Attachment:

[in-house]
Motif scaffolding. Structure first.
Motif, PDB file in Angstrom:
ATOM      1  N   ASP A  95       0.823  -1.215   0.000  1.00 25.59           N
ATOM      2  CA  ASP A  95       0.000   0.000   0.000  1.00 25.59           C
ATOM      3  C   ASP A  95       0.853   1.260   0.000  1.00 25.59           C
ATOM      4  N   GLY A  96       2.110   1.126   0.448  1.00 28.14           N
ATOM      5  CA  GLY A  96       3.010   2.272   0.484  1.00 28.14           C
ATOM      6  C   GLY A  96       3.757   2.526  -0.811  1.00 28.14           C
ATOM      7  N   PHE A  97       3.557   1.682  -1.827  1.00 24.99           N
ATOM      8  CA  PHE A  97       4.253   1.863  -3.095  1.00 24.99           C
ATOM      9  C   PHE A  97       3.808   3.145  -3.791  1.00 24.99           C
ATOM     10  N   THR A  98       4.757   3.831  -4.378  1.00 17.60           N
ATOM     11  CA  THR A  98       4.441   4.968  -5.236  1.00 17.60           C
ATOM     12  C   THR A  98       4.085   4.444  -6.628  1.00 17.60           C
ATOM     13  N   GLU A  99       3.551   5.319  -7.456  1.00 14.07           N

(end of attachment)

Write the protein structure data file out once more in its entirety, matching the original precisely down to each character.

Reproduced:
[in-house]
Motif scaffolding. Structure first.
Motif, PDB file in Angstrom:
ATOM      1  N   ASP A  95       0.823  -1.215   0.000  1.00 25.59           N
ATOM      2  CA  ASP A  95       0.000   0.000   0.000  1.00 25.59           C
ATOM      3  C   ASP A  95       0.853   1.260   0.000  1.00 25.59           C
ATOM      4  N   GLY A  96       2.110   1.126   0.448  1.00 28.14           N
ATOM      5  CA  GLY A  96       3.010   2.272   0.484  1.00 28.14           C
ATOM      6  C   GLY A  96       3.757   2.526  -0.811  1.00 28.14           C
ATOM      7  N   PHE A  97       3.557   1.682  -1.827  1.00 24.99           N
ATOM      8  CA  PHE A  97       4.253   1.863  -3.095  1.00 24.99           C
ATOM      9  C   PHE A  97       3.808   3.145  -3.791  1.00 24.99           C
ATOM     10  N   THR A  98       4.757   3.831  -4.378  1.00 17.60           N
ATOM     11  CA  THR A  98       4.441   4.968  -5.236  1.00 17.60           C
ATOM     12  C   THR A  98       4.085   4.444  -6.628  1.00 17.60           C
ATOM     13  N   GLU A  99       3.551   5.319  -7.456  1.00 14.07           N